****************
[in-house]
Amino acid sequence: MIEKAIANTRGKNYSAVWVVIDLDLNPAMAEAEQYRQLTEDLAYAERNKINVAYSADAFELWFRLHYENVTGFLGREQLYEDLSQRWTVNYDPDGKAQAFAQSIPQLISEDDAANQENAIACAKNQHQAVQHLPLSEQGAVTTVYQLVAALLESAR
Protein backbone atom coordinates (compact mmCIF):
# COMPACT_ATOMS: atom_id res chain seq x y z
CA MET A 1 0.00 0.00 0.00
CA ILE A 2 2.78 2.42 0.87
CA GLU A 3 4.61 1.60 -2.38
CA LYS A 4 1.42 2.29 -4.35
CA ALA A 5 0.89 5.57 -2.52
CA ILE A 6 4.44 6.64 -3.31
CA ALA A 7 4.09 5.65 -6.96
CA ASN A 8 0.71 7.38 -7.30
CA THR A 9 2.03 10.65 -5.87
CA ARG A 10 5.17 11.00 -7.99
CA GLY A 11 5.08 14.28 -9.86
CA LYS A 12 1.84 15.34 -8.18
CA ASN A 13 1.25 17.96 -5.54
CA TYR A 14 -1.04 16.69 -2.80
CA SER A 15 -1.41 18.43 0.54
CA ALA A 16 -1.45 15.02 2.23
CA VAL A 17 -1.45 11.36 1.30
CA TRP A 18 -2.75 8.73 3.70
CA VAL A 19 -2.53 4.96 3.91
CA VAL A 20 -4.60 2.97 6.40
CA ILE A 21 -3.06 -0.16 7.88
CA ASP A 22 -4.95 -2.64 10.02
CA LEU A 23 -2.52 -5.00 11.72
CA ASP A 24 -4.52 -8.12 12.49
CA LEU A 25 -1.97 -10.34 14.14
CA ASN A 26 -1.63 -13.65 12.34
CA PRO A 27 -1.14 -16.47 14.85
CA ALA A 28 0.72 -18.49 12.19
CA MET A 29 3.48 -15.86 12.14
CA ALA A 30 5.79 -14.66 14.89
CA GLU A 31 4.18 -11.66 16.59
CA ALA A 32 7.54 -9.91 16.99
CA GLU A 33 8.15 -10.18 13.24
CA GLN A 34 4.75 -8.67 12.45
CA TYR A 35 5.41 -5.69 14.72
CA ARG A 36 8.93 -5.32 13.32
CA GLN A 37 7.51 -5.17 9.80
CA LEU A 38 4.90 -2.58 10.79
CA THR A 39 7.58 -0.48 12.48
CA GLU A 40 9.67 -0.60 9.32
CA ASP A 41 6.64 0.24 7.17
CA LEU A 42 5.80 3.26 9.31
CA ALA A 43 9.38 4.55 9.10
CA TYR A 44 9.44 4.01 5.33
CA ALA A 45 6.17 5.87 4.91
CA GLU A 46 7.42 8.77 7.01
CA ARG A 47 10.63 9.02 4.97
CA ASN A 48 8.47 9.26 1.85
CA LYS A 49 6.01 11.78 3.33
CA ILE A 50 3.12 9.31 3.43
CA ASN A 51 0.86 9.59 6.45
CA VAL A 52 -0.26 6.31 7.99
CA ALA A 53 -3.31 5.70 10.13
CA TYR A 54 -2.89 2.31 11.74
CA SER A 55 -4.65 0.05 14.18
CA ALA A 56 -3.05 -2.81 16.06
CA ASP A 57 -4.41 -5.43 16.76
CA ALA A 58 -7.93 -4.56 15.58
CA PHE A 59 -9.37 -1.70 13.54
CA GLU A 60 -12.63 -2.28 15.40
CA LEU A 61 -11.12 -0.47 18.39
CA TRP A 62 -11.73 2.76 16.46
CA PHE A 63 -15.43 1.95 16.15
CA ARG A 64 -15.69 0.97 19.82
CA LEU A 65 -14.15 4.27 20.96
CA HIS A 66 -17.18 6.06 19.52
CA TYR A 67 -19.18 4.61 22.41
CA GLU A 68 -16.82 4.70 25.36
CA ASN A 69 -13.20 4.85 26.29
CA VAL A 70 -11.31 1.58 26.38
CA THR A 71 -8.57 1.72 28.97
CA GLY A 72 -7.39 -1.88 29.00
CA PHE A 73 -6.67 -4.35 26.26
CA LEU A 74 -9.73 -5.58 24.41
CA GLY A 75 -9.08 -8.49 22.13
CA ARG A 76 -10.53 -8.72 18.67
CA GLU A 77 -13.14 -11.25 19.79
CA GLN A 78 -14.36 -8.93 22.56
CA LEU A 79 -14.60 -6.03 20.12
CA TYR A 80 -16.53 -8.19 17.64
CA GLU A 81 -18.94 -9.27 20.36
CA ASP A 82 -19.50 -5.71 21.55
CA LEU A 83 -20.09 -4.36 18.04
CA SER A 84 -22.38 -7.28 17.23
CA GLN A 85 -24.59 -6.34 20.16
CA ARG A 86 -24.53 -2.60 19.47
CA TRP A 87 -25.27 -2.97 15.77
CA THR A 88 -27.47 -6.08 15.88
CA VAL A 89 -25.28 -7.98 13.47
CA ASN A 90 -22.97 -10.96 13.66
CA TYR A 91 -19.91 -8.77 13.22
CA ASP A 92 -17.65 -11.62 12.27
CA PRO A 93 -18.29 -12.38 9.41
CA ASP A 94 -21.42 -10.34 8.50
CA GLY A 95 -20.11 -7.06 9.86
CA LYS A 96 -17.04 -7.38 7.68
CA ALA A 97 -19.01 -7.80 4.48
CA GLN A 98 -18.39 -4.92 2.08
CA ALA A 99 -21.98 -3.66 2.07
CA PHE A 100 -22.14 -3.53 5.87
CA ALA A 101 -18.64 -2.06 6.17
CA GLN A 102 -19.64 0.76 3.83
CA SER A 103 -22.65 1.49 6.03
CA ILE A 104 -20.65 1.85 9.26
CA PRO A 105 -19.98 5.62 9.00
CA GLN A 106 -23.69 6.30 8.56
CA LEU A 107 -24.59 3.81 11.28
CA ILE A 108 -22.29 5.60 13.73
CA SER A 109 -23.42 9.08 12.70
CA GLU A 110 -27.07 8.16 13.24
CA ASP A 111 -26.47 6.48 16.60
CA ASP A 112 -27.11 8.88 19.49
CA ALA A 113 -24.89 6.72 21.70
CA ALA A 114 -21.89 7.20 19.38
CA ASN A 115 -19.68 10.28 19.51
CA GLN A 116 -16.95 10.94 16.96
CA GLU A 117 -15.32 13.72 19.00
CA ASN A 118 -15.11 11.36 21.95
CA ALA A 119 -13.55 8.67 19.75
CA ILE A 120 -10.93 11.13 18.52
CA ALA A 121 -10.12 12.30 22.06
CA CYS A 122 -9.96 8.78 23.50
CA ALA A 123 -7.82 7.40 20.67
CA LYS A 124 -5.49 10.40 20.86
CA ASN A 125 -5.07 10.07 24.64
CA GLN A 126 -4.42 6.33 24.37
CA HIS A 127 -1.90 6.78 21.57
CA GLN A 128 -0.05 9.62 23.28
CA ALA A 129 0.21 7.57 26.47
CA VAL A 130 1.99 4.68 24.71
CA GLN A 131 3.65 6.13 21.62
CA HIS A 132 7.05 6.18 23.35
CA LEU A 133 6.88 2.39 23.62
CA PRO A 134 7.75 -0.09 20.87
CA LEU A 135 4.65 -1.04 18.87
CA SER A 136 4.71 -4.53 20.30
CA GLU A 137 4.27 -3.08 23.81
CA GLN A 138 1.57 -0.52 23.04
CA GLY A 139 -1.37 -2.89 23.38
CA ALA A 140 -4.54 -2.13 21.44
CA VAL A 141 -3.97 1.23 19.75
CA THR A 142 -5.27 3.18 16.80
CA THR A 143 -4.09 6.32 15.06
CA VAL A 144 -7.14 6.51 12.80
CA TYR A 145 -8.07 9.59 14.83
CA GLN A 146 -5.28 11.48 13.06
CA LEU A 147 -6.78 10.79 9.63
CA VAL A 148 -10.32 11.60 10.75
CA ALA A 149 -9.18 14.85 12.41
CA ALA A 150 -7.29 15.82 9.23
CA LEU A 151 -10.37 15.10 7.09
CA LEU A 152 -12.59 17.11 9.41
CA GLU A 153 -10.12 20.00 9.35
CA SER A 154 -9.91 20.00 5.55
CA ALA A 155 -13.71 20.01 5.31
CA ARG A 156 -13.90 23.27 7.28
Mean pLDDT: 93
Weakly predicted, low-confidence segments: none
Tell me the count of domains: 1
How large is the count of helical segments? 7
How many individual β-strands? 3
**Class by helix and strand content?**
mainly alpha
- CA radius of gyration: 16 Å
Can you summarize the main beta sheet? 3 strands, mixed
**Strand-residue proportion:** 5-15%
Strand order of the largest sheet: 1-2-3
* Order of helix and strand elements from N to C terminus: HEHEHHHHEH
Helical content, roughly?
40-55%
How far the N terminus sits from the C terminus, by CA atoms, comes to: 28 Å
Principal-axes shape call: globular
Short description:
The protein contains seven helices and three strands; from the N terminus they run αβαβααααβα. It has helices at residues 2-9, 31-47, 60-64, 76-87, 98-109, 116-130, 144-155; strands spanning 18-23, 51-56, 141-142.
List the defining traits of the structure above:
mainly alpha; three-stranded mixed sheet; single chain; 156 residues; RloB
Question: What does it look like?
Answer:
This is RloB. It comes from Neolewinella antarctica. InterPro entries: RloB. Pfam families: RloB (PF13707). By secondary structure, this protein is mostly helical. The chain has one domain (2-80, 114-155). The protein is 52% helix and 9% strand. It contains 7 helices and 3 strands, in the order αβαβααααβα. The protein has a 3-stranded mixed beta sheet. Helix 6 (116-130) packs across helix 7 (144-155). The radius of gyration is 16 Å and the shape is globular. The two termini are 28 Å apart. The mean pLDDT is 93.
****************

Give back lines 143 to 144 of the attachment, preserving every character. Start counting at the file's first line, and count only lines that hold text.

CA GLY A 139 -1.37 -2.89 23.38
CA ALA A 140 -4.54 -2.13 21.44